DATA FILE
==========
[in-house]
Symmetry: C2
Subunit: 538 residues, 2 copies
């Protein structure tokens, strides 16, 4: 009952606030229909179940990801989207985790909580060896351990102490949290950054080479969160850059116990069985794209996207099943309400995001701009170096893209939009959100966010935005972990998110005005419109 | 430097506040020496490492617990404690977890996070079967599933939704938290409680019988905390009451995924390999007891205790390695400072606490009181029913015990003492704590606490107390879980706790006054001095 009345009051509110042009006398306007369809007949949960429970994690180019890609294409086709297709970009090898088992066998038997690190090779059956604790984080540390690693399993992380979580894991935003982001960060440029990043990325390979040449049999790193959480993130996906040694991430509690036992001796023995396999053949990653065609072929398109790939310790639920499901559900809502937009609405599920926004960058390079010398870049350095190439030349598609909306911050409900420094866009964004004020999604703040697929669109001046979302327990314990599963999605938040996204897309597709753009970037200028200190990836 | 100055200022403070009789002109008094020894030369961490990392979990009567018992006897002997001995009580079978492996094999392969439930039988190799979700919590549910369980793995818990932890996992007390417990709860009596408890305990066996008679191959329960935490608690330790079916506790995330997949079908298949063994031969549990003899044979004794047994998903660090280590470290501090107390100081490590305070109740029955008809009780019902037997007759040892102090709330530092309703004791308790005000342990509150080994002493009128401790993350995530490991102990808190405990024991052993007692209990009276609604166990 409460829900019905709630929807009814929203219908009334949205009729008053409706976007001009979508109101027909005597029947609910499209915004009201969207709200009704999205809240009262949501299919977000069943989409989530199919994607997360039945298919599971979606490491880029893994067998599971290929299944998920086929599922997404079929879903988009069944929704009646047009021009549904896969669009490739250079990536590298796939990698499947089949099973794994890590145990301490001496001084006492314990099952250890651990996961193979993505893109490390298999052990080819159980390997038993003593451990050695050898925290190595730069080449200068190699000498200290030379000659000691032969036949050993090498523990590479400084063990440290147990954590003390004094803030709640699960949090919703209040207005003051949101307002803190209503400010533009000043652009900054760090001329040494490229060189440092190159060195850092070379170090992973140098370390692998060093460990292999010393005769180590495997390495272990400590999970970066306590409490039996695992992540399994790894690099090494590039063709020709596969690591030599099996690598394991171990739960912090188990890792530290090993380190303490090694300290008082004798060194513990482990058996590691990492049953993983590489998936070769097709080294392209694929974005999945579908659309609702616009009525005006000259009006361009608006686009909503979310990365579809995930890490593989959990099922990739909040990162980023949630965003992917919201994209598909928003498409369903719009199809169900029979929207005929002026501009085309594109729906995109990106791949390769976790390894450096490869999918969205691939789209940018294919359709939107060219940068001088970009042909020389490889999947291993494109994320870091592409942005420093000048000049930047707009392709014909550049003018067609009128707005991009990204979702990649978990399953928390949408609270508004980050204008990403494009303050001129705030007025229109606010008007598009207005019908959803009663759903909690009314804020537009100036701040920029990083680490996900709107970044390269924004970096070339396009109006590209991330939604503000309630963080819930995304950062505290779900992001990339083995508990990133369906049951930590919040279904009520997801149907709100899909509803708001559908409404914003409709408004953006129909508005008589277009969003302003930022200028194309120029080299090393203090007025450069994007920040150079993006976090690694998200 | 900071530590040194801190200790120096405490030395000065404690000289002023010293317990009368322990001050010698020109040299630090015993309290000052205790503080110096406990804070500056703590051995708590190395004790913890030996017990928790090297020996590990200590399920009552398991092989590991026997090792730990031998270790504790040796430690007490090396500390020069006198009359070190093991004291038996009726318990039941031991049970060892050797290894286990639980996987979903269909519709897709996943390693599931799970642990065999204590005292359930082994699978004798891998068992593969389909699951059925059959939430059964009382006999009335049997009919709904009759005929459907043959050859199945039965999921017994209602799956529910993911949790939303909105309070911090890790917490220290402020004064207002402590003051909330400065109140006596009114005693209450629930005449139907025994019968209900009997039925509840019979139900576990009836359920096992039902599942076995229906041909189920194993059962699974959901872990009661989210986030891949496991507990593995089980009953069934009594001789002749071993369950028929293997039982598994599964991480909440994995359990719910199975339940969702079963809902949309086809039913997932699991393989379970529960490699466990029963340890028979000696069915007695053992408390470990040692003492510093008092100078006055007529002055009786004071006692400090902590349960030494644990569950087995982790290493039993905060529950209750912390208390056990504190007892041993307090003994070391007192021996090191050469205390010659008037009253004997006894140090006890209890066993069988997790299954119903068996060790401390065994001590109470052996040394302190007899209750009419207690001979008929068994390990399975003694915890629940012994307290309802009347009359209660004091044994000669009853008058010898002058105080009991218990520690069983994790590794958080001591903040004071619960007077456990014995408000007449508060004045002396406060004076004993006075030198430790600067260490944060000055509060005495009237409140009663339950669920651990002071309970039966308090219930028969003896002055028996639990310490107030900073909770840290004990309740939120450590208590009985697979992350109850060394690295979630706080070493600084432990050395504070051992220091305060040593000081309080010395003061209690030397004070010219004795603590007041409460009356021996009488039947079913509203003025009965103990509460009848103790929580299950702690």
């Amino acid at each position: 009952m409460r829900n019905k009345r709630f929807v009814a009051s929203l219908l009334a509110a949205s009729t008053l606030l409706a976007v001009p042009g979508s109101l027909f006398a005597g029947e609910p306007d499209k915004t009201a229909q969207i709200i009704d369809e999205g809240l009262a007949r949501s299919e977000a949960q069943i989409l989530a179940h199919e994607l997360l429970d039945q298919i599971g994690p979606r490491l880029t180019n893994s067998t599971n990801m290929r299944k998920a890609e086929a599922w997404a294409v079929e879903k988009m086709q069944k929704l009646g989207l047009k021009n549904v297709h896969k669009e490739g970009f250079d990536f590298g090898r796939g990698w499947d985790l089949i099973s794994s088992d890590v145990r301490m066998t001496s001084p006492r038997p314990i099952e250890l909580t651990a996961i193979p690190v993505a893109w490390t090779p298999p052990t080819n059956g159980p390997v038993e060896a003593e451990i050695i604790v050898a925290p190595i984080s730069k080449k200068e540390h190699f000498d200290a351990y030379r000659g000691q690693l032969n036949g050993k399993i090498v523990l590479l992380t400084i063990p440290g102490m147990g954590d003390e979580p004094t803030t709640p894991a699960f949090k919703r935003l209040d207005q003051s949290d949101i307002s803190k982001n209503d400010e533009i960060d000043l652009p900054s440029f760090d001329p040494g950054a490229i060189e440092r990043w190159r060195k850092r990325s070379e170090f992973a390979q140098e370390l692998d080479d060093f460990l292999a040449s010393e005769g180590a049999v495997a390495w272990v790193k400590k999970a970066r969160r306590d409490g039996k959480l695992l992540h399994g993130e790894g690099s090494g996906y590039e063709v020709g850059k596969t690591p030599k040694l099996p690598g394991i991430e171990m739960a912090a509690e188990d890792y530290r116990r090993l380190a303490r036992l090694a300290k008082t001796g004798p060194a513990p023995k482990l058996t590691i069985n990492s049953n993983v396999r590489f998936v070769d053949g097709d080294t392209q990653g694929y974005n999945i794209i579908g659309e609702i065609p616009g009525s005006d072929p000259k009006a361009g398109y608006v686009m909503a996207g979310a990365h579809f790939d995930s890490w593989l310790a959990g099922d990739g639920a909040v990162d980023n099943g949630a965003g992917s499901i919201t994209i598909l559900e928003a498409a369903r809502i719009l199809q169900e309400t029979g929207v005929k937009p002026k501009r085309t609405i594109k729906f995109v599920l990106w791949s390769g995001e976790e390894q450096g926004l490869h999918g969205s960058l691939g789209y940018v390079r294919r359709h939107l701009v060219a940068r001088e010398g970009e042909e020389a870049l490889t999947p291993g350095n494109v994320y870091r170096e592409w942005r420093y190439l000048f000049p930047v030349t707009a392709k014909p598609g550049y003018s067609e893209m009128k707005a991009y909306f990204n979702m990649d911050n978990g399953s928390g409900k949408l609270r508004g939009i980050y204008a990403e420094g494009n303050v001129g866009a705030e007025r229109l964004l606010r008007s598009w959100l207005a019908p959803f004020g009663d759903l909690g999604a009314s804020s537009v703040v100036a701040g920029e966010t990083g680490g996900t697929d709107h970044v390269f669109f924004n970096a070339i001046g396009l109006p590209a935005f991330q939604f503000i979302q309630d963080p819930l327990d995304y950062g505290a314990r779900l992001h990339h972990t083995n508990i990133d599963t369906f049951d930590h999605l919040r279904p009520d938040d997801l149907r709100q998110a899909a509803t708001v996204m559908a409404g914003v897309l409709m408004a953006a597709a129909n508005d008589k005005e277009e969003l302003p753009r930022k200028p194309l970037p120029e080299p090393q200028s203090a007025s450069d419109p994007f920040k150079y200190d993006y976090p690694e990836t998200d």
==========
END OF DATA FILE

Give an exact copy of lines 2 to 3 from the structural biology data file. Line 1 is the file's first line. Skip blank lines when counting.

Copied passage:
Symmetry: C2
Subunit: 538 residues, 2 copies